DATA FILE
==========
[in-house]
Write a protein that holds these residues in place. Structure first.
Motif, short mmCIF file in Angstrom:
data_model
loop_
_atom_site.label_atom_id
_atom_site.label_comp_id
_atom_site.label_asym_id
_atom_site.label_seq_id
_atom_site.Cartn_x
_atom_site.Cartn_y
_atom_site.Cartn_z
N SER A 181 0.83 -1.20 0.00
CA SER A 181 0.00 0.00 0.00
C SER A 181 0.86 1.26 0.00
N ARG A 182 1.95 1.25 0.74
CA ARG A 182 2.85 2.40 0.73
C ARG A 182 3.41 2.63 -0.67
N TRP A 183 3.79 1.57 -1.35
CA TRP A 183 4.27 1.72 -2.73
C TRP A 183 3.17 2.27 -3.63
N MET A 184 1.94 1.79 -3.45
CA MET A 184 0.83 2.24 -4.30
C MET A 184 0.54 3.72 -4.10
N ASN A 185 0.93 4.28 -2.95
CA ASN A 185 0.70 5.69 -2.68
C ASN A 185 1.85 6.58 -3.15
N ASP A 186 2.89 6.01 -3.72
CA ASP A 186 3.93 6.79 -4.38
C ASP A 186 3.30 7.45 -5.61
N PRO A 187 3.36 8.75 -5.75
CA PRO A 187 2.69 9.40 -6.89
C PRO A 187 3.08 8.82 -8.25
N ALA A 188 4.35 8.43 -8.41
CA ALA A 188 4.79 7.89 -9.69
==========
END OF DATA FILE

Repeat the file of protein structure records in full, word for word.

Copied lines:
[in-house]
Write a protein that holds these residues in place. Structure first.
Motif, short mmCIF file in Angstrom:
data_model
loop_
_atom_site.label_atom_id
_atom_site.label_comp_id
_atom_site.label_asym_id
_atom_site.label_seq_id
_atom_site.Cartn_x
_atom_site.Cartn_y
_atom_site.Cartn_z
N SER A 181 0.83 -1.20 0.00
CA SER A 181 0.00 0.00 0.00
C SER A 181 0.86 1.26 0.00
N ARG A 182 1.95 1.25 0.74
CA ARG A 182 2.85 2.40 0.73
C ARG A 182 3.41 2.63 -0.67
N TRP A 183 3.79 1.57 -1.35
CA TRP A 183 4.27 1.72 -2.73
C TRP A 183 3.17 2.27 -3.63
N MET A 184 1.94 1.79 -3.45
CA MET A 184 0.83 2.24 -4.30
C MET A 184 0.54 3.72 -4.10
N ASN A 185 0.93 4.28 -2.95
CA ASN A 185 0.70 5.69 -2.68
C ASN A 185 1.85 6.58 -3.15
N ASP A 186 2.89 6.01 -3.72
CA ASP A 186 3.93 6.79 -4.38
C ASP A 186 3.30 7.45 -5.61
N PRO A 187 3.36 8.75 -5.75
CA PRO A 187 2.69 9.40 -6.89
C PRO A 187 3.08 8.82 -8.25
N ALA A 188 4.35 8.43 -8.41
CA ALA A 188 4.79 7.89 -9.69